April 22, 2010

Destination Dia: Beacon - Part 1

Enjoy | Delight in Life

I set off with Dia:Beacon as my destination. Dia:Beacon is a huge contemporary art museum housed in a former Nabisco cookie box printing plant in Beacon, NY. The institution has anchored the economic rebound of the once thriving industrial town. On my way, I stopped in Winsted, CT for a snack. I noted many empty mill buildings, signs of former manufacturing activity. Learning that an artist had plans for massive 3D mural in Winsted depicting US industrial history, I wondered how an arts centered creative economy could impact Winsted.

Pins, clocks, socks, blenders, toasters, scythes, silk, wire, coffin hardware, ribbon candy, hoes and more, were all manufactured in Winsted.

Once Water Powered

Winsted, CT

Bob Moore's real estate office is on Main Street. His business is going strong as Connecticut and New York families tied to the sports schedules of their children eschew weekend/vacation homes on distant Cape Cod and instead buy properties situated on the area's lakes. However, as far as the town: "It is dying for a developer to come through and resurrect the dead."

Real Estate Agent

Behind Mr. Moore is a factory building owned by Ralph Nader, where the consumer advocate plans to establish The American Museum of Tort Law. The institution may draw visitors to Winsted, Mr. Nader's home town.

 Sock Factory

Milly Hudek runs The Historical Society in Winsted like a tight ship. These socks on display were made at the Winsted Hosiery Company, the smokestacked mill in the photograph.

The building exteriors look much the same then as now.

Once Factories, Now Artist Studios and Apartments

Inside is a different story. Though a lingering smell of machine oil evokes industrial days, the former site of the Winsted Hosiery Company houses artist studios and small businesses.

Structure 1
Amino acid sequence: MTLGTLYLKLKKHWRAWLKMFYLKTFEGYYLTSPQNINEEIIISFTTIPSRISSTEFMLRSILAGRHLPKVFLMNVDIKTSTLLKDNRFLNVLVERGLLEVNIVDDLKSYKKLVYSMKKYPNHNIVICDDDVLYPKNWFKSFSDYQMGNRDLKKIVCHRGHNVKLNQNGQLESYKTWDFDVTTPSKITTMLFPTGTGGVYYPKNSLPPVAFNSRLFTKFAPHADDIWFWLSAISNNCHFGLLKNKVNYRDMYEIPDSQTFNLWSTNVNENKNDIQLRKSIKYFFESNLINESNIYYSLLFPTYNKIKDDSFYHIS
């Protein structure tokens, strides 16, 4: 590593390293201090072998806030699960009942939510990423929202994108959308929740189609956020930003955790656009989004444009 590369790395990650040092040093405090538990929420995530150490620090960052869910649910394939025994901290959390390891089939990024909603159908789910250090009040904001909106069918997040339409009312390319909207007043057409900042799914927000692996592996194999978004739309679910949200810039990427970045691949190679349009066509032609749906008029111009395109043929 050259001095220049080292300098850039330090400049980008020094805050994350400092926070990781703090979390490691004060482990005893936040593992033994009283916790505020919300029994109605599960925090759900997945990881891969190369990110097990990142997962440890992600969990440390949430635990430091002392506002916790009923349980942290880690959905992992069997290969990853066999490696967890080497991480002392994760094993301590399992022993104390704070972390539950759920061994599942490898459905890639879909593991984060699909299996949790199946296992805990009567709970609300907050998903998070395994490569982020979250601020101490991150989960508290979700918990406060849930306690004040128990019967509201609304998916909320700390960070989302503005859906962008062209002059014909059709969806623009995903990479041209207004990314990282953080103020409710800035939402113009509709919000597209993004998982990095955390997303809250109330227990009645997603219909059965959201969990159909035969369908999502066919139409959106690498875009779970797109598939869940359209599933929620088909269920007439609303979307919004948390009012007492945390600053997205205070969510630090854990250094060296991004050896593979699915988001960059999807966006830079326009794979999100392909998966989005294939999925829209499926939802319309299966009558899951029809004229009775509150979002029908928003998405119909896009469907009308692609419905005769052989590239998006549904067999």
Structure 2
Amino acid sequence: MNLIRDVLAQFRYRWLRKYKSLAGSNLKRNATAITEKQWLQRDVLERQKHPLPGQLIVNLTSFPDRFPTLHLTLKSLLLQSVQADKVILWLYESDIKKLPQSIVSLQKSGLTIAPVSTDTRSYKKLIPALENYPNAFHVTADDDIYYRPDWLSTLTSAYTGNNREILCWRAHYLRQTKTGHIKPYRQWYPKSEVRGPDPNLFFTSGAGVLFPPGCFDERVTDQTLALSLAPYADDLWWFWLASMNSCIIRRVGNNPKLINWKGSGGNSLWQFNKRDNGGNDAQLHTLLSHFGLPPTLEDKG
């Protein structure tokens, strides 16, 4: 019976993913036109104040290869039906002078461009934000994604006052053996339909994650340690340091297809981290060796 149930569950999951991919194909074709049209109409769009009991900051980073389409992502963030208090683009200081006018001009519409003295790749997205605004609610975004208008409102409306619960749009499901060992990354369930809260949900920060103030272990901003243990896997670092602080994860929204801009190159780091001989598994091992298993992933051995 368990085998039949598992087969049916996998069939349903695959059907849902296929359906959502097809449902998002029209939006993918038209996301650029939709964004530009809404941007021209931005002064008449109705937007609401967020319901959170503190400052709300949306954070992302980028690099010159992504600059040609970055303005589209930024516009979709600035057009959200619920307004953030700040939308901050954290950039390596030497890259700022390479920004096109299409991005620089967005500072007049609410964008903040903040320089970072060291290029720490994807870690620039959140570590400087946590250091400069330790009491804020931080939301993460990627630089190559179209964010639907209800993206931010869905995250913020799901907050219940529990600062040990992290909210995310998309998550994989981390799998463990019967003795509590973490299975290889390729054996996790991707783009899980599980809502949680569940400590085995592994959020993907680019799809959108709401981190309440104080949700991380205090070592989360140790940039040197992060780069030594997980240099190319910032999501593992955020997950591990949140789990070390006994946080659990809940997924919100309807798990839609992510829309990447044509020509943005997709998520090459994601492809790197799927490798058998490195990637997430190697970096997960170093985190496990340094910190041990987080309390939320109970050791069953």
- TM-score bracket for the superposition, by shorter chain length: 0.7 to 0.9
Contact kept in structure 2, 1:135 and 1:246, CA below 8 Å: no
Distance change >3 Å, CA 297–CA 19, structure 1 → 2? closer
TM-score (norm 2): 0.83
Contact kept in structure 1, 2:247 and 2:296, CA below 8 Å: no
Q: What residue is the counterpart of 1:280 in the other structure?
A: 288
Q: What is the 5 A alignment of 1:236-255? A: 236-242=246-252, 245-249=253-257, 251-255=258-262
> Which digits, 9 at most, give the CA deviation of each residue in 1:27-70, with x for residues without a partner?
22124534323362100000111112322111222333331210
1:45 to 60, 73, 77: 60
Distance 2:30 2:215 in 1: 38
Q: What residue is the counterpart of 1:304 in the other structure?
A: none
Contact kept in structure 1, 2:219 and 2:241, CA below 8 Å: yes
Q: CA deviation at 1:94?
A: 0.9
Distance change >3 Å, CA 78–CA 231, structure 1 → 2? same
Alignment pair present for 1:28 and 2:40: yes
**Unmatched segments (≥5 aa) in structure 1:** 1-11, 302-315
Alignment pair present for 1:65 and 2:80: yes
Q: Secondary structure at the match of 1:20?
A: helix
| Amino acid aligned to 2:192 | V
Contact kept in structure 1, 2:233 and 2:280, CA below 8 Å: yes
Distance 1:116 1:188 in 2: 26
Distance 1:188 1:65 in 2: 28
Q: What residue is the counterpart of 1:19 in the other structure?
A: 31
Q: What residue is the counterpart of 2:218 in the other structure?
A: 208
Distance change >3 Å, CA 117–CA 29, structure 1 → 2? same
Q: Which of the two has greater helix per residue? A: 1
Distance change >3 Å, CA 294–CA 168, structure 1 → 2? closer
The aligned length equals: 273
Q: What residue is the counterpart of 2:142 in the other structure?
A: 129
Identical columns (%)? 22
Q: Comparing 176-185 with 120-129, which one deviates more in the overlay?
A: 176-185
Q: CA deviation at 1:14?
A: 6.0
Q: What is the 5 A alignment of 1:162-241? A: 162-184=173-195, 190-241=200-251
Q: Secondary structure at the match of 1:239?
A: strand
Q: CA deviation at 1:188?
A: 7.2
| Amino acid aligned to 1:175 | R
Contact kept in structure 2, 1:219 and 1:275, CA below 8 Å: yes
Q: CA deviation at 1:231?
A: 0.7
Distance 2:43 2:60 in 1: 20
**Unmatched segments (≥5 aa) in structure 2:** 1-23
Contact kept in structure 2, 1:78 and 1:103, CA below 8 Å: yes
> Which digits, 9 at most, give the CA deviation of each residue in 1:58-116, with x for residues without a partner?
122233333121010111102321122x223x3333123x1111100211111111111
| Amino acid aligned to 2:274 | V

Visual artist, painter and teacher Gay Schempp notes the "odd smells, fabulous light and cheap rent. The pros outweigh the cons." She is a member of The Artists @ Whiting Mills. From the group's mission statement: "Our goal is to give members' work exposure and to enrich our community with our combined talents and skills."


The building comes alive when the artists hold their open studios. The community college in town is expanding. Yet more needs to be done to fill the remaining mills and vacant Main Street store fronts with economic activity.

© 2010 John Nordell


Greg said...

The American Museum of Tort Law??!?!
Is someone pulling your tripod?
Gotta love artists and old mill towns- a perfect combination.

Anita Bower said...

I love looking at these old buildings when I drive through New England. I'm delighted that some of them are being re-used.
A museum of tort law might be most informative.
Especially like the last image in the series.
My husband and I enjoyed your work when you photographed for the Christian Science Monitor, and I was delighted to re-discover you several months ago.

John Nordell said...

Hi Greg and Anita. Interesting commenting duo, as I worked with Greg at the Monitor. The Tort Law museum was on track until part of the river bank behind the old mill collapsed. Heard it might be a million dollars to repair. Yes, the old buildings are beauties, all with tales to tell. - John